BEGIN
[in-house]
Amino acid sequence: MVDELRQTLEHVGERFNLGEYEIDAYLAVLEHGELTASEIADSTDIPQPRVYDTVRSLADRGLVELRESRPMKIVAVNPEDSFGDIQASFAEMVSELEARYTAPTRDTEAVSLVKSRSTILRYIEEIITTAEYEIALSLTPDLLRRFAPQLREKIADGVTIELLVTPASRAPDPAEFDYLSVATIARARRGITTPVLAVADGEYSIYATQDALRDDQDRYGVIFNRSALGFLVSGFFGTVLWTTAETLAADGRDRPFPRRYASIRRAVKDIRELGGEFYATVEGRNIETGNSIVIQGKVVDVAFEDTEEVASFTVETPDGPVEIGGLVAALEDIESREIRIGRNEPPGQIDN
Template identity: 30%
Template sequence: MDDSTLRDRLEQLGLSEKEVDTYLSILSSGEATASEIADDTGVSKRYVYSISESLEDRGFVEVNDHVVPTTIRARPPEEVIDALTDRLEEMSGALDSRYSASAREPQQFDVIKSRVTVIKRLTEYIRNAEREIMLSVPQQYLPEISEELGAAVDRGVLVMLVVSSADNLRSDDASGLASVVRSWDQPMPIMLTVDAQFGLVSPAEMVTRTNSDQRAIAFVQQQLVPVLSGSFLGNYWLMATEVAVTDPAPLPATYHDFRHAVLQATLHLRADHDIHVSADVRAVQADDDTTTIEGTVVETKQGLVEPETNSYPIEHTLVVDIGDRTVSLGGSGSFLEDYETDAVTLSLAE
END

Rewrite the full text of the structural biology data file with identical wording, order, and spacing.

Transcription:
[in-house]
Amino acid sequence: MVDELRQTLEHVGERFNLGEYEIDAYLAVLEHGELTASEIADSTDIPQPRVYDTVRSLADRGLVELRESRPMKIVAVNPEDSFGDIQASFAEMVSELEARYTAPTRDTEAVSLVKSRSTILRYIEEIITTAEYEIALSLTPDLLRRFAPQLREKIADGVTIELLVTPASRAPDPAEFDYLSVATIARARRGITTPVLAVADGEYSIYATQDALRDDQDRYGVIFNRSALGFLVSGFFGTVLWTTAETLAADGRDRPFPRRYASIRRAVKDIRELGGEFYATVEGRNIETGNSIVIQGKVVDVAFEDTEEVASFTVETPDGPVEIGGLVAALEDIESREIRIGRNEPPGQIDN
Template identity: 30%
Template sequence: MDDSTLRDRLEQLGLSEKEVDTYLSILSSGEATASEIADDTGVSKRYVYSISESLEDRGFVEVNDHVVPTTIRARPPEEVIDALTDRLEEMSGALDSRYSASAREPQQFDVIKSRVTVIKRLTEYIRNAEREIMLSVPQQYLPEISEELGAAVDRGVLVMLVVSSADNLRSDDASGLASVVRSWDQPMPIMLTVDAQFGLVSPAEMVTRTNSDQRAIAFVQQQLVPVLSGSFLGNYWLMATEVAVTDPAPLPATYHDFRHAVLQATLHLRADHDIHVSADVRAVQADDDTTTIEGTVVETKQGLVEPETNSYPIEHTLVVDIGDRTVSLGGSGSFLEDYETDAVTLSLAE